The idea of a visualizer is simple: take an audio file, play it through headphones or a speaker, and represent the frequency spectrum visually. The result is a mesmerizing lightshow that corresponds to the music being played.
For our project, we used a Beaglebone Green Wireless to run the programs and interface with the devices. Our code was also created for and tested on a 10x10 WS2812b dot matrix, but the visualizer code can be extrapolated to work with other WS2812 LED strips of differing dimensions. With a little tweaking in the config files, any bluetooth speaker should be able to work with this project.
Currently, we have a script that plays .mp3 and .wav audio files. We have another script that converts .mp3 files to .wav files. Our visualizer code takes in a wav file, plays the audio through a bluetooth speaker, and has the WS2812 matrix show ten averaged intensities across a spectrum of frequencies ranging from 0 to 5kHz.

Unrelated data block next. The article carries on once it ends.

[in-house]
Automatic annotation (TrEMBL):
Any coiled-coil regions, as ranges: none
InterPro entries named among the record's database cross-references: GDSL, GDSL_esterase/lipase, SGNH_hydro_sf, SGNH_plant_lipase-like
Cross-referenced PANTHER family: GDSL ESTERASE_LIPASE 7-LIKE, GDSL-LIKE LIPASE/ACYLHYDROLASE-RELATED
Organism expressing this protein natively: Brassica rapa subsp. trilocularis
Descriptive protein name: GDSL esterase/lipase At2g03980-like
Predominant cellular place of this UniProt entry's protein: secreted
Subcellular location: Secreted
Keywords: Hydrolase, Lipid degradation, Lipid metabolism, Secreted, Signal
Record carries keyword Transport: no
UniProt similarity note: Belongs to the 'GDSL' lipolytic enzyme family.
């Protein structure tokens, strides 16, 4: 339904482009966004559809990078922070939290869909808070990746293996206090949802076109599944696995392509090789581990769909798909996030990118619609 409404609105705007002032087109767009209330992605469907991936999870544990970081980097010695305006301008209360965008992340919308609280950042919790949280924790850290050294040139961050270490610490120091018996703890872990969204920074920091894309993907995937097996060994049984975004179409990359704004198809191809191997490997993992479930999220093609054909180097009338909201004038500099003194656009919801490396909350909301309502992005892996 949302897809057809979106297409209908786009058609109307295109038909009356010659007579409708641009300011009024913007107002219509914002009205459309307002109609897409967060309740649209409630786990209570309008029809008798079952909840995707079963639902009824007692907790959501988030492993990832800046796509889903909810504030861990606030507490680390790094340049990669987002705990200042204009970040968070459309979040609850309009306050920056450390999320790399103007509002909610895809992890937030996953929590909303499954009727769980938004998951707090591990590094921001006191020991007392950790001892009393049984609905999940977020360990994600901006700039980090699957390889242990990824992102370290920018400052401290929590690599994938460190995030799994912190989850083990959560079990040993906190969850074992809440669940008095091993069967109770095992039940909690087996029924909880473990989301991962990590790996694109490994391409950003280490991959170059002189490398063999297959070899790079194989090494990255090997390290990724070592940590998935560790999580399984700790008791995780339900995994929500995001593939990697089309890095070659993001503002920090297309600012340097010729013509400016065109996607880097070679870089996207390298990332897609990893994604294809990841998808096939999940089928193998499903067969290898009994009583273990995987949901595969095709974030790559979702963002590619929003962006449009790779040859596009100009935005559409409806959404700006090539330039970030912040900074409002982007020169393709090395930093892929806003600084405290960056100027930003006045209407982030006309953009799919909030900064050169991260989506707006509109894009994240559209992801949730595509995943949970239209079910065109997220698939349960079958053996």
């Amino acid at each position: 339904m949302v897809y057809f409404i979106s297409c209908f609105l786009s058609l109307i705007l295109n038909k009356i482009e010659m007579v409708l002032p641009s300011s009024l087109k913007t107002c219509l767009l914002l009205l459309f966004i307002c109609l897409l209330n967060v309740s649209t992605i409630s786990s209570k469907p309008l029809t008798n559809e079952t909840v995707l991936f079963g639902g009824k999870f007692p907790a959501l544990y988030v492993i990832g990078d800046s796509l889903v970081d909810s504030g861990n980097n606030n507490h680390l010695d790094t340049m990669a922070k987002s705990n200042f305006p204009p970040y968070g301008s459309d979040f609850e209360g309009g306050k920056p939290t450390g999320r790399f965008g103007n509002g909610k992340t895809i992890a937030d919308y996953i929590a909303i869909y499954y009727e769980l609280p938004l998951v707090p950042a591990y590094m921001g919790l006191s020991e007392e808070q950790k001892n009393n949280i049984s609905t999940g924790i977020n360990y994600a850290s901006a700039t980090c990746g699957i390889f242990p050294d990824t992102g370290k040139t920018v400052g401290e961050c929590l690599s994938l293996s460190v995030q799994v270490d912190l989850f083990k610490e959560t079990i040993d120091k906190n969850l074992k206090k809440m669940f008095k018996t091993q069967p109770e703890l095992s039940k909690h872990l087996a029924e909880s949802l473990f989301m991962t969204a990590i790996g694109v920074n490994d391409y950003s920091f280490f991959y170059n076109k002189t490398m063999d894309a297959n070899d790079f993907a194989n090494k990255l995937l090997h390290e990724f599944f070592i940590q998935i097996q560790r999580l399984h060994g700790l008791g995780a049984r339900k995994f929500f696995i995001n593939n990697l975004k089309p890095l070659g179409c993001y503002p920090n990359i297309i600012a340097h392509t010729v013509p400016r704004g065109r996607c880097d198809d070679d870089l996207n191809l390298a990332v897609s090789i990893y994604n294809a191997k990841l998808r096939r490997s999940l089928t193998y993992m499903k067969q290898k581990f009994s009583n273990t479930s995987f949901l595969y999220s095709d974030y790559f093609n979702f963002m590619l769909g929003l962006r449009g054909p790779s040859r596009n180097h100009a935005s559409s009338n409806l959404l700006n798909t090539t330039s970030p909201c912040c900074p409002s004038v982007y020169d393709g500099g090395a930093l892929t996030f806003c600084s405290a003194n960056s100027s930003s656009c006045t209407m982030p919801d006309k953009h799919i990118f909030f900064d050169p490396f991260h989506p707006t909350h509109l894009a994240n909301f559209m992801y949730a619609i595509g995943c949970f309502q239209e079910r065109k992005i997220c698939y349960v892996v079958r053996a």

We'd like to add several features, or at least suggest some ideas for future additions. First of all, we'd like to look into making the visualizer code compatible with file formats other than .wav. We'd also like to make the visualizer a little more programmable; in particular, being able to control the frequencies being displayed would be ideal. We also like the idea of being able to select different visualization patterns. Our current visualization pattern splits the frequency range into ten groupings (for ten LEDs), then takes the frequency with the largest intensity and lights up all the LEDs for that column. Each of the other frequency intensities are normalized compared to that one, which means there's always one frequency that's at a "maximum" intensity.